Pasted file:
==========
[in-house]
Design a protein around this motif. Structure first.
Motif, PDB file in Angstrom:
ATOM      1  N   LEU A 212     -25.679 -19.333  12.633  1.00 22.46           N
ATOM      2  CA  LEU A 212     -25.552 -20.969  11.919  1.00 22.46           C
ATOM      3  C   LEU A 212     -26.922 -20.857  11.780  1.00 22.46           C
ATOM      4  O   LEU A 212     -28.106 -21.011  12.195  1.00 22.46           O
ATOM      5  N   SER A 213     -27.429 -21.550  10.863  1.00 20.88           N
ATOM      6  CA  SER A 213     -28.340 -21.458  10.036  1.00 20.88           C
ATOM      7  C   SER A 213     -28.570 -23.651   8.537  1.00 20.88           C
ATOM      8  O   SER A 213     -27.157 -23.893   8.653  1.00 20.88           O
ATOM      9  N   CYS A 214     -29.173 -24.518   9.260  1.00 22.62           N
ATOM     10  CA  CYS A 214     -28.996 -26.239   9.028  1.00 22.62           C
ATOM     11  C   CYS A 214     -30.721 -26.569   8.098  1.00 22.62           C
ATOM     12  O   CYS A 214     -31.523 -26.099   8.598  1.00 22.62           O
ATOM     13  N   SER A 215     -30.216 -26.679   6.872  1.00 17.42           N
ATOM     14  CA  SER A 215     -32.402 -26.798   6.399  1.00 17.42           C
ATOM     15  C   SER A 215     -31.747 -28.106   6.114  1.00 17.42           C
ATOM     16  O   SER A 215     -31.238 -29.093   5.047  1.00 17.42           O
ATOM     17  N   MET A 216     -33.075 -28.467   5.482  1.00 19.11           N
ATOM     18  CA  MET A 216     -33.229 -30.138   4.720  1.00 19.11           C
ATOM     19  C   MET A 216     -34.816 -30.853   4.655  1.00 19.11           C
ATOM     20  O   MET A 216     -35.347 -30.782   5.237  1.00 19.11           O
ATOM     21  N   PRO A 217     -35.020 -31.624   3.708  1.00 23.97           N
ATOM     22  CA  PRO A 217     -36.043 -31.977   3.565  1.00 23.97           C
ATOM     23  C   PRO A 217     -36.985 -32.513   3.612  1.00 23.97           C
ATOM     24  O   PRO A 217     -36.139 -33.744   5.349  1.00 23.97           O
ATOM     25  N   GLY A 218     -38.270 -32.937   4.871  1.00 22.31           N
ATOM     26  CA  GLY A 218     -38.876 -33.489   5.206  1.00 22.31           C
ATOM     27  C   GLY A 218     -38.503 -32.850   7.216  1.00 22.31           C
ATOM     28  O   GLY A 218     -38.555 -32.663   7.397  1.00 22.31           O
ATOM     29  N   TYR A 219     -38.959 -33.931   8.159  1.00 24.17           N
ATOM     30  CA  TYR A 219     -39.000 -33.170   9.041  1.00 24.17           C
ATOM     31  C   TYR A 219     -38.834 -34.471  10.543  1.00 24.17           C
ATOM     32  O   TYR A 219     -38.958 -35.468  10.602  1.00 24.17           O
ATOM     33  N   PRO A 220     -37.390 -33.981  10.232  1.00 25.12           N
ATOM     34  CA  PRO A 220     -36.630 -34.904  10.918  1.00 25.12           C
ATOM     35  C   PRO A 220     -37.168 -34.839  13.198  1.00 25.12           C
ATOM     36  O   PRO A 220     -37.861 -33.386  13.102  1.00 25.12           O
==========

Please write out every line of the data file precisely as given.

[in-house]
Design a protein around this motif. Structure first.
Motif, PDB file in Angstrom:
ATOM      1  N   LEU A 212     -25.679 -19.333  12.633  1.00 22.46           N
ATOM      2  CA  LEU A 212     -25.552 -20.969  11.919  1.00 22.46           C
ATOM      3  C   LEU A 212     -26.922 -20.857  11.780  1.00 22.46           C
ATOM      4  O   LEU A 212     -28.106 -21.011  12.195  1.00 22.46           O
ATOM      5  N   SER A 213     -27.429 -21.550  10.863  1.00 20.88           N
ATOM      6  CA  SER A 213     -28.340 -21.458  10.036  1.00 20.88           C
ATOM      7  C   SER A 213     -28.570 -23.651   8.537  1.00 20.88           C
ATOM      8  O   SER A 213     -27.157 -23.893   8.653  1.00 20.88           O
ATOM      9  N   CYS A 214     -29.173 -24.518   9.260  1.00 22.62           N
ATOM     10  CA  CYS A 214     -28.996 -26.239   9.028  1.00 22.62           C
ATOM     11  C   CYS A 214     -30.721 -26.569   8.098  1.00 22.62           C
ATOM     12  O   CYS A 214     -31.523 -26.099   8.598  1.00 22.62           O
ATOM     13  N   SER A 215     -30.216 -26.679   6.872  1.00 17.42           N
ATOM     14  CA  SER A 215     -32.402 -26.798   6.399  1.00 17.42           C
ATOM     15  C   SER A 215     -31.747 -28.106   6.114  1.00 17.42           C
ATOM     16  O   SER A 215     -31.238 -29.093   5.047  1.00 17.42           O
ATOM     17  N   MET A 216     -33.075 -28.467   5.482  1.00 19.11           N
ATOM     18  CA  MET A 216     -33.229 -30.138   4.720  1.00 19.11           C
ATOM     19  C   MET A 216     -34.816 -30.853   4.655  1.00 19.11           C
ATOM     20  O   MET A 216     -35.347 -30.782   5.237  1.00 19.11           O
ATOM     21  N   PRO A 217     -35.020 -31.624   3.708  1.00 23.97           N
ATOM     22  CA  PRO A 217     -36.043 -31.977   3.565  1.00 23.97           C
ATOM     23  C   PRO A 217     -36.985 -32.513   3.612  1.00 23.97           C
ATOM     24  O   PRO A 217     -36.139 -33.744   5.349  1.00 23.97           O
ATOM     25  N   GLY A 218     -38.270 -32.937   4.871  1.00 22.31           N
ATOM     26  CA  GLY A 218     -38.876 -33.489   5.206  1.00 22.31           C
ATOM     27  C   GLY A 218     -38.503 -32.850   7.216  1.00 22.31           C
ATOM     28  O   GLY A 218     -38.555 -32.663   7.397  1.00 22.31           O
ATOM     29  N   TYR A 219     -38.959 -33.931   8.159  1.00 24.17           N
ATOM     30  CA  TYR A 219     -39.000 -33.170   9.041  1.00 24.17           C
ATOM     31  C   TYR A 219     -38.834 -34.471  10.543  1.00 24.17           C
ATOM     32  O   TYR A 219     -38.958 -35.468  10.602  1.00 24.17           O
ATOM     33  N   PRO A 220     -37.390 -33.981  10.232  1.00 25.12           N
ATOM     34  CA  PRO A 220     -36.630 -34.904  10.918  1.00 25.12           C
ATOM     35  C   PRO A 220     -37.168 -34.839  13.198  1.00 25.12           C
ATOM     36  O   PRO A 220     -37.861 -33.386  13.102  1.00 25.12           O